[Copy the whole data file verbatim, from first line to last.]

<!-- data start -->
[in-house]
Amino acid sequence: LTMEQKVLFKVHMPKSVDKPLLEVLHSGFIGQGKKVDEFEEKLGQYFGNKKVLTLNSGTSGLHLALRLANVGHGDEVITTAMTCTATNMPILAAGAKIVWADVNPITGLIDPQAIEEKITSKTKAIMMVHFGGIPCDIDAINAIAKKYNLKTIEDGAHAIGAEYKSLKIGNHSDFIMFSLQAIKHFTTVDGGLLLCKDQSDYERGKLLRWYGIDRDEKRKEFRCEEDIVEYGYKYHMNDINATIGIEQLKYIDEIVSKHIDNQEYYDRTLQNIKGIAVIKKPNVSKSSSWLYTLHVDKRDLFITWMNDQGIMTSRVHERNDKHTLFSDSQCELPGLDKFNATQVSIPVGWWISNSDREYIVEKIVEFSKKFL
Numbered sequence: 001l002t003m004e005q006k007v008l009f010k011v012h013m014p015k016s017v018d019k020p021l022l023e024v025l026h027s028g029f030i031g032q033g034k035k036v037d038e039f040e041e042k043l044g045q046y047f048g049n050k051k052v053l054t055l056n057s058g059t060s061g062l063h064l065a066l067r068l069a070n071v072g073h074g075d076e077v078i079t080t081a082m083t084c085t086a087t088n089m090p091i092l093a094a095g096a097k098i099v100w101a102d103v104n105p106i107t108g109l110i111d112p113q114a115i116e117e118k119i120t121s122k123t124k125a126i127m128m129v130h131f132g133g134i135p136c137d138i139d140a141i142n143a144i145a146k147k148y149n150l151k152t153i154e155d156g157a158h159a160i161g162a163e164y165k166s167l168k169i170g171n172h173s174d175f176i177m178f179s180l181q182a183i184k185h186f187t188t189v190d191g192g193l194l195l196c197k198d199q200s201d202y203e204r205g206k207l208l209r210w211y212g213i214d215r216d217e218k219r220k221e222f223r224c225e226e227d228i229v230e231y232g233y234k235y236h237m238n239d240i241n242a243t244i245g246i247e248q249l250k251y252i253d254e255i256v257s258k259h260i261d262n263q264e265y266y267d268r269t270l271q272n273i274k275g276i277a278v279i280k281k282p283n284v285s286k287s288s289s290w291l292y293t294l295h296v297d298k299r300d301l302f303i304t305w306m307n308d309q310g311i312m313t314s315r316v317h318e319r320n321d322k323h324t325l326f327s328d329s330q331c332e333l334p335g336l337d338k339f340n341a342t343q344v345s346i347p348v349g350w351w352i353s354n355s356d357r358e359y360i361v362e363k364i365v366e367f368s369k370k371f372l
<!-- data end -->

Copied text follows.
[in-house]
Amino acid sequence: LTMEQKVLFKVHMPKSVDKPLLEVLHSGFIGQGKKVDEFEEKLGQYFGNKKVLTLNSGTSGLHLALRLANVGHGDEVITTAMTCTATNMPILAAGAKIVWADVNPITGLIDPQAIEEKITSKTKAIMMVHFGGIPCDIDAINAIAKKYNLKTIEDGAHAIGAEYKSLKIGNHSDFIMFSLQAIKHFTTVDGGLLLCKDQSDYERGKLLRWYGIDRDEKRKEFRCEEDIVEYGYKYHMNDINATIGIEQLKYIDEIVSKHIDNQEYYDRTLQNIKGIAVIKKPNVSKSSSWLYTLHVDKRDLFITWMNDQGIMTSRVHERNDKHTLFSDSQCELPGLDKFNATQVSIPVGWWISNSDREYIVEKIVEFSKKFL
Numbered sequence: 001l002t003m004e005q006k007v008l009f010k011v012h013m014p015k016s017v018d019k020p021l022l023e024v025l026h027s028g029f030i031g032q033g034k035k036v037d038e039f040e041e042k043l044g045q046y047f048g049n050k051k052v053l054t055l056n057s058g059t060s061g062l063h064l065a066l067r068l069a070n071v072g073h074g075d076e077v078i079t080t081a082m083t084c085t086a087t088n089m090p091i092l093a094a095g096a097k098i099v100w101a102d103v104n105p106i107t108g109l110i111d112p113q114a115i116e117e118k119i120t121s122k123t124k125a126i127m128m129v130h131f132g133g134i135p136c137d138i139d140a141i142n143a144i145a146k147k148y149n150l151k152t153i154e155d156g157a158h159a160i161g162a163e164y165k166s167l168k169i170g171n172h173s174d175f176i177m178f179s180l181q182a183i184k185h186f187t188t189v190d191g192g193l194l195l196c197k198d199q200s201d202y203e204r205g206k207l208l209r210w211y212g213i214d215r216d217e218k219r220k221e222f223r224c225e226e227d228i229v230e231y232g233y234k235y236h237m238n239d240i241n242a243t244i245g246i247e248q249l250k251y252i253d254e255i256v257s258k259h260i261d262n263q264e265y266y267d268r269t270l271q272n273i274k275g276i277a278v279i280k281k282p283n284v285s286k287s288s289s290w291l292y293t294l295h296v297d298k299r300d301l302f303i304t305w306m307n308d309q310g311i312m313t314s315r316v317h318e319r320n321d322k323h324t325l326f327s328d329s330q331c332e333l334p335g336l337d338k339f340n341a342t343q344v345s346i347p348v349g350w351w352i353s354n355s356d357r358e359y360i361v362e363k364i365v366e367f368s369k370k371f372l